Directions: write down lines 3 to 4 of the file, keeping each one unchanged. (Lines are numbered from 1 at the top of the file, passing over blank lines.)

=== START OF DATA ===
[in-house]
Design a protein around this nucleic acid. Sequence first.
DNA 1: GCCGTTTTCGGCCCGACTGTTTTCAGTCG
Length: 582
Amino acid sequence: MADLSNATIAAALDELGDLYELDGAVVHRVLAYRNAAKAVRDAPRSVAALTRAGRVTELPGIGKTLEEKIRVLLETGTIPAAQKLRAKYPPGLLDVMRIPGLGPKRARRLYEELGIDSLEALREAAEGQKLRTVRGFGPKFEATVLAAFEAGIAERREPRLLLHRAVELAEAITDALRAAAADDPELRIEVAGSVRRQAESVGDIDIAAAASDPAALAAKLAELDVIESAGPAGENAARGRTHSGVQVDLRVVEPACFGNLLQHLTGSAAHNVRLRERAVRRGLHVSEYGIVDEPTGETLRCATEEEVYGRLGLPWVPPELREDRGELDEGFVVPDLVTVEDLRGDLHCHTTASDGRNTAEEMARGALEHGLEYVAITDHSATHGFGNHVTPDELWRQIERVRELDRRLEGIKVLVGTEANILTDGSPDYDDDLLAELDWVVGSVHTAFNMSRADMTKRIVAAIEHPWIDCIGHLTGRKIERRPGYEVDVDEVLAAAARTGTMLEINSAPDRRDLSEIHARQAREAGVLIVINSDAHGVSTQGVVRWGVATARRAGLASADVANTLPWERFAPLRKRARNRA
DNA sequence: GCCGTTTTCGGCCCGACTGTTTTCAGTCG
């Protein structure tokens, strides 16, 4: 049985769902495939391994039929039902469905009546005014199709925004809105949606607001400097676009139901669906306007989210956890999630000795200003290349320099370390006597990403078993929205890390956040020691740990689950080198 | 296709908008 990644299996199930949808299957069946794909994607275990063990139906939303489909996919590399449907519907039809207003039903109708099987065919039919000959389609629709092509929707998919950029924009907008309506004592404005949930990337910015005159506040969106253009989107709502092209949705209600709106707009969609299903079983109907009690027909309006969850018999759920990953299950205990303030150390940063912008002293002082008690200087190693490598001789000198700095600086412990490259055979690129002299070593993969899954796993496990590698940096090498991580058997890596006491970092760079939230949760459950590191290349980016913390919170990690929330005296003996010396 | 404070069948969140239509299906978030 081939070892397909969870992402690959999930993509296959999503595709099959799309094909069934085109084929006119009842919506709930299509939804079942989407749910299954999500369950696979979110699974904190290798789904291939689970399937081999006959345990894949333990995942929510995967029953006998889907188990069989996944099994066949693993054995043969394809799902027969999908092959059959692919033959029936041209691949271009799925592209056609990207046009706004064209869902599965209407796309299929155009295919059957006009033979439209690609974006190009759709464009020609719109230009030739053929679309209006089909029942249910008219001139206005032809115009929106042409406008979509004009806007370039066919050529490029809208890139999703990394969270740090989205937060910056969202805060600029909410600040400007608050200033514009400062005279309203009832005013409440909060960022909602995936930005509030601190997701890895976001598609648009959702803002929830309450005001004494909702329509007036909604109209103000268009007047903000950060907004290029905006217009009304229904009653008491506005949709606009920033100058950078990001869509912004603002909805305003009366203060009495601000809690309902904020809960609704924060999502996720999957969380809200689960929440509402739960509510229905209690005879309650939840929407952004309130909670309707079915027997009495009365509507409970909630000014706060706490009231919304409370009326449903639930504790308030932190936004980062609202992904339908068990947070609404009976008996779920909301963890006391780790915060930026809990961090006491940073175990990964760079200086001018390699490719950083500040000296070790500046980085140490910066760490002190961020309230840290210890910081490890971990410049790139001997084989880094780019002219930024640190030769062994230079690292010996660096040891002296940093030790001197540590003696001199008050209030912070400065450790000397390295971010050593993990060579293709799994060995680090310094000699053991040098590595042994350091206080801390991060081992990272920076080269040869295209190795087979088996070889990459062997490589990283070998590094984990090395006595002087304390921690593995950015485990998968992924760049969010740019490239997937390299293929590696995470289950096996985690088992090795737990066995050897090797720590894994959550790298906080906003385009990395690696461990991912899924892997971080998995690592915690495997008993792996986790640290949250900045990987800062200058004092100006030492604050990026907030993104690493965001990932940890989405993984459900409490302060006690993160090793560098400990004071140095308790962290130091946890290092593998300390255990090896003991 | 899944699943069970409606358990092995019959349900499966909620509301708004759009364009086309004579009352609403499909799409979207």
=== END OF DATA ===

DNA 1: GCCGTTTTCGGCCCGACTGTTTTCAGTCG
Length: 582